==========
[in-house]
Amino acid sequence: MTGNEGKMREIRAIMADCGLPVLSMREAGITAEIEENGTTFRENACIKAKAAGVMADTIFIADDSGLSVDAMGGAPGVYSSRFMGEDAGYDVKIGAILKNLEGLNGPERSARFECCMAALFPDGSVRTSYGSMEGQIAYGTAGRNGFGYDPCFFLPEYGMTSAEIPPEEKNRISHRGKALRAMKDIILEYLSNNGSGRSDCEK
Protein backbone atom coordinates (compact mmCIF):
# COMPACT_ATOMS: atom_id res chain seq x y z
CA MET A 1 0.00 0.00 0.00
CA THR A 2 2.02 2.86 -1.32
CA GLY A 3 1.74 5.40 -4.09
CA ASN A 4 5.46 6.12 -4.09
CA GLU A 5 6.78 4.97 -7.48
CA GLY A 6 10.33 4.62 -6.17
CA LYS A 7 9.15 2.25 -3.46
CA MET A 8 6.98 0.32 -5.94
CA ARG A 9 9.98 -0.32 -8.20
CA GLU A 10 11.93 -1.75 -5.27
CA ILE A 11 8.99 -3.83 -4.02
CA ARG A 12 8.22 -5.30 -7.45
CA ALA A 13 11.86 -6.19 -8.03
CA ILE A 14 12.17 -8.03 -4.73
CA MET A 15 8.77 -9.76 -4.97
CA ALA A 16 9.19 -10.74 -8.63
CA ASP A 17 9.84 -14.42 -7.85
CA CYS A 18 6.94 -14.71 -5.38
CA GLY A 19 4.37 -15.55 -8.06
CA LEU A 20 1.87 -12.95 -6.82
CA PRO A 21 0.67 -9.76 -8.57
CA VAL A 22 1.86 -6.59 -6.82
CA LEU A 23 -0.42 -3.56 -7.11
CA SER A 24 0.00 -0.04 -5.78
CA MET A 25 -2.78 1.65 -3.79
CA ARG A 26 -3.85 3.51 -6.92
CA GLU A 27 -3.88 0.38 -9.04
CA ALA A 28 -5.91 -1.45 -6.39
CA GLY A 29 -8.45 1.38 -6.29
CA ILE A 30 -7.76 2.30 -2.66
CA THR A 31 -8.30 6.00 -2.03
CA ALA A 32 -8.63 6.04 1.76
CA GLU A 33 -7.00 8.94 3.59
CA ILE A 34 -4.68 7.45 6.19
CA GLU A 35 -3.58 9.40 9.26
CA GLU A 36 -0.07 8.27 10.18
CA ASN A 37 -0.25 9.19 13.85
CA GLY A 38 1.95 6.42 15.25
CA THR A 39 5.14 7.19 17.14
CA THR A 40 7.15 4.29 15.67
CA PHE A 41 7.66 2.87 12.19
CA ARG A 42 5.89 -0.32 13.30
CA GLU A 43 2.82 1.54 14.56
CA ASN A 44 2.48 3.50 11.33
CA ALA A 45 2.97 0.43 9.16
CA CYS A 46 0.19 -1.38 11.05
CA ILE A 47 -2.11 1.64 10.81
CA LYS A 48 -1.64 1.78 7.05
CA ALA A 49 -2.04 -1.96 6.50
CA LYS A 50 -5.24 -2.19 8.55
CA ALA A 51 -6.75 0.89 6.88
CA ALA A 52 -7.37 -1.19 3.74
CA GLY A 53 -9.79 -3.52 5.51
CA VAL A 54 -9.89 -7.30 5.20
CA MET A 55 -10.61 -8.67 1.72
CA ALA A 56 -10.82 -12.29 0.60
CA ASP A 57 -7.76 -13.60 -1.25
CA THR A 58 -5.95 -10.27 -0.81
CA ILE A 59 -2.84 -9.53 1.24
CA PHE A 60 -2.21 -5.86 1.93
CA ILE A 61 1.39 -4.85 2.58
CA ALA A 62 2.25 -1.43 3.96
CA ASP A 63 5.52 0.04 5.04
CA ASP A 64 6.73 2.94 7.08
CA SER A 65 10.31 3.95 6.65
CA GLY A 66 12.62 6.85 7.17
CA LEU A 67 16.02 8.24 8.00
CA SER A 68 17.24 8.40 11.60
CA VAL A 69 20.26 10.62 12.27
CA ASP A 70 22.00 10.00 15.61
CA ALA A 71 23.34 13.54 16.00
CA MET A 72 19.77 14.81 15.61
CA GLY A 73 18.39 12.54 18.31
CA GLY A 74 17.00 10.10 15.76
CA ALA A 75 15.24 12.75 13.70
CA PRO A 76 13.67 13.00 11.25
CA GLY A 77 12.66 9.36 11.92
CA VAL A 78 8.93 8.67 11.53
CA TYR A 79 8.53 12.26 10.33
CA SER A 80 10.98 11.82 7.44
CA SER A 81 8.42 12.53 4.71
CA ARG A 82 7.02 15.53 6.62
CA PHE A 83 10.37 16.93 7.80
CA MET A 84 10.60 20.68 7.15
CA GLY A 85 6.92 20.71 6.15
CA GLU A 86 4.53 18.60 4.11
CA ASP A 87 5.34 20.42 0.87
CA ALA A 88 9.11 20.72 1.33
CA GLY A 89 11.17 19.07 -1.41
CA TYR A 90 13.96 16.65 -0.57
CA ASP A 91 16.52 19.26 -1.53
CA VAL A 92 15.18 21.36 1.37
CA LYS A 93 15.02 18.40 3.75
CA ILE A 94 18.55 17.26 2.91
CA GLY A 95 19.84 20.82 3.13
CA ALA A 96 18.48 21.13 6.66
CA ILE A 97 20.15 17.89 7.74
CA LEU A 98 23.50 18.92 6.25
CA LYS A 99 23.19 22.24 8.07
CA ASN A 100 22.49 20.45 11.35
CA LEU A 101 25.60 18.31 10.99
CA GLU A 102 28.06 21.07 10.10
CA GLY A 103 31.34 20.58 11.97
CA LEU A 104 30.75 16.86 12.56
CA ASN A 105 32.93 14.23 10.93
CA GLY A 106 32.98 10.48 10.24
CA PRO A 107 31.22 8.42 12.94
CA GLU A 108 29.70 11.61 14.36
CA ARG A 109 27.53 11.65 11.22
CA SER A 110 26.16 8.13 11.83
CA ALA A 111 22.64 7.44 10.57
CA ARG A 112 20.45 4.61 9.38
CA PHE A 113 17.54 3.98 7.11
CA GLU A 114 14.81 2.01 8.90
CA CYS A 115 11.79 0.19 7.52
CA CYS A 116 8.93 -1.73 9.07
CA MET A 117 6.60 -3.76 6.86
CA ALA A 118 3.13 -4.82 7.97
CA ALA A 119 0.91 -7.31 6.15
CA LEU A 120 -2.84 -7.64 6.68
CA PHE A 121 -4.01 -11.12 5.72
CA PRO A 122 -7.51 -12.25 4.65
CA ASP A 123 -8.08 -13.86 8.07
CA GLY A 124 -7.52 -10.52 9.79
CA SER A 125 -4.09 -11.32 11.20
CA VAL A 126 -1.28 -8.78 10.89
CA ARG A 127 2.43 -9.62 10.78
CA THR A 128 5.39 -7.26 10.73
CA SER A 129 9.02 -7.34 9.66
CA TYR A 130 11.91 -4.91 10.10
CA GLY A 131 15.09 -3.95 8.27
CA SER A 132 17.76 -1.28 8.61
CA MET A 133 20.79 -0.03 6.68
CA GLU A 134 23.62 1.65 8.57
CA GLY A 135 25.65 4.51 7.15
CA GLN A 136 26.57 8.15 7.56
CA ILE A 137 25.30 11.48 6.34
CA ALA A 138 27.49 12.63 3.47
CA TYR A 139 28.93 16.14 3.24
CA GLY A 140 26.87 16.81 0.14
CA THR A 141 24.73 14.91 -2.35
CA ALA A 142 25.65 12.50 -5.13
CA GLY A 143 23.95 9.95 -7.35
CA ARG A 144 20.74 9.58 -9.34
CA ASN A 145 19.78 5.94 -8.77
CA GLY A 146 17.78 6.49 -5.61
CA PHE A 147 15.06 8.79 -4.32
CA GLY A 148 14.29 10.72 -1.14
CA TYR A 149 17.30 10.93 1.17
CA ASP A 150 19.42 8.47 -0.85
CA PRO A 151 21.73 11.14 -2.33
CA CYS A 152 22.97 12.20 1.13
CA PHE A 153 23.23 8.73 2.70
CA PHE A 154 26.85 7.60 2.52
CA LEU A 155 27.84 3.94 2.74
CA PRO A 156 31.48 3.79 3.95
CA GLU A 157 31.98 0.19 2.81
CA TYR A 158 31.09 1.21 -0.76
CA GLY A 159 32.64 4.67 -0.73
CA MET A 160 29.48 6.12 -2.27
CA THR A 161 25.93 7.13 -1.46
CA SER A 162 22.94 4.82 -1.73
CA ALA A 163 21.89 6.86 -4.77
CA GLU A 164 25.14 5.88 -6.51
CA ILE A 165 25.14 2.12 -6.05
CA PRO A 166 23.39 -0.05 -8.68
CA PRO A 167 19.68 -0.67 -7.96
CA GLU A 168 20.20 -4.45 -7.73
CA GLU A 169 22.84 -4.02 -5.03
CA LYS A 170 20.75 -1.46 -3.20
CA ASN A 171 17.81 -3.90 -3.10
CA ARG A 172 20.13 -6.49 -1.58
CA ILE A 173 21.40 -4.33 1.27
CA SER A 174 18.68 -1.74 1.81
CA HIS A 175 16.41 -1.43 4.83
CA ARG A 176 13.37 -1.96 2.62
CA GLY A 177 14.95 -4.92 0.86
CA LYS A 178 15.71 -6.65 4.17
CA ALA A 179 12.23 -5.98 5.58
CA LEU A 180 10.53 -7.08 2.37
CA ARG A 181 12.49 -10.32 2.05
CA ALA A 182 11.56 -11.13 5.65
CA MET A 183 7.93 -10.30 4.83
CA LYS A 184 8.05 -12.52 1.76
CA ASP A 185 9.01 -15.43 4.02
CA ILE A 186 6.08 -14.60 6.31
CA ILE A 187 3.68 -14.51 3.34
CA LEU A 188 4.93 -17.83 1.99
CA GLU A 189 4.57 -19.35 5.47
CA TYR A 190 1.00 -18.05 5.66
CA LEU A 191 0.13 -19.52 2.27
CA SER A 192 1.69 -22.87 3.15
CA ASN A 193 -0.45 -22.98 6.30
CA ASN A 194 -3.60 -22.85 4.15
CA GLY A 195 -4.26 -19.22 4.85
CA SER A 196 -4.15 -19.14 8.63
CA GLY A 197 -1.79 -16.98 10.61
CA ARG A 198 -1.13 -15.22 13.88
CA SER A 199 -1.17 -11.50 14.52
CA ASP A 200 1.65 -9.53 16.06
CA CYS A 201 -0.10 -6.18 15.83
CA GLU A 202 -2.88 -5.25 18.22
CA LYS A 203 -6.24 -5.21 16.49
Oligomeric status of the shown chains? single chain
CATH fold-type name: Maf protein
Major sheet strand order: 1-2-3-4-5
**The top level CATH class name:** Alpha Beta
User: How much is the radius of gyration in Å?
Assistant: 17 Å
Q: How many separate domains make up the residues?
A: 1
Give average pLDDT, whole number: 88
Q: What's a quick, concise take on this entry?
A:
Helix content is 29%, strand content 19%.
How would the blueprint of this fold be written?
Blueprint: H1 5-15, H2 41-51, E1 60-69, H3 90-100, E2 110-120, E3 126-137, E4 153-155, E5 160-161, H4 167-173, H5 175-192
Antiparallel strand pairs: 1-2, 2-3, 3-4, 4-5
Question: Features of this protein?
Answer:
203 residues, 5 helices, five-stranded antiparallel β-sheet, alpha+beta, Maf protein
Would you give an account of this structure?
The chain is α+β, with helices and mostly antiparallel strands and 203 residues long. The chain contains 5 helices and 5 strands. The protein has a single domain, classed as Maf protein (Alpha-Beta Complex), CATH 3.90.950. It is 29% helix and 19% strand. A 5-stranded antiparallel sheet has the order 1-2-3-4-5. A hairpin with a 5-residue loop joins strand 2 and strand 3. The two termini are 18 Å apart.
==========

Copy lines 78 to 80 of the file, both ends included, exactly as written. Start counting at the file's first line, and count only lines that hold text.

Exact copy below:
CA GLY A 74 17.00 10.10 15.76
CA ALA A 75 15.24 12.75 13.70
CA PRO A 76 13.67 13.00 11.25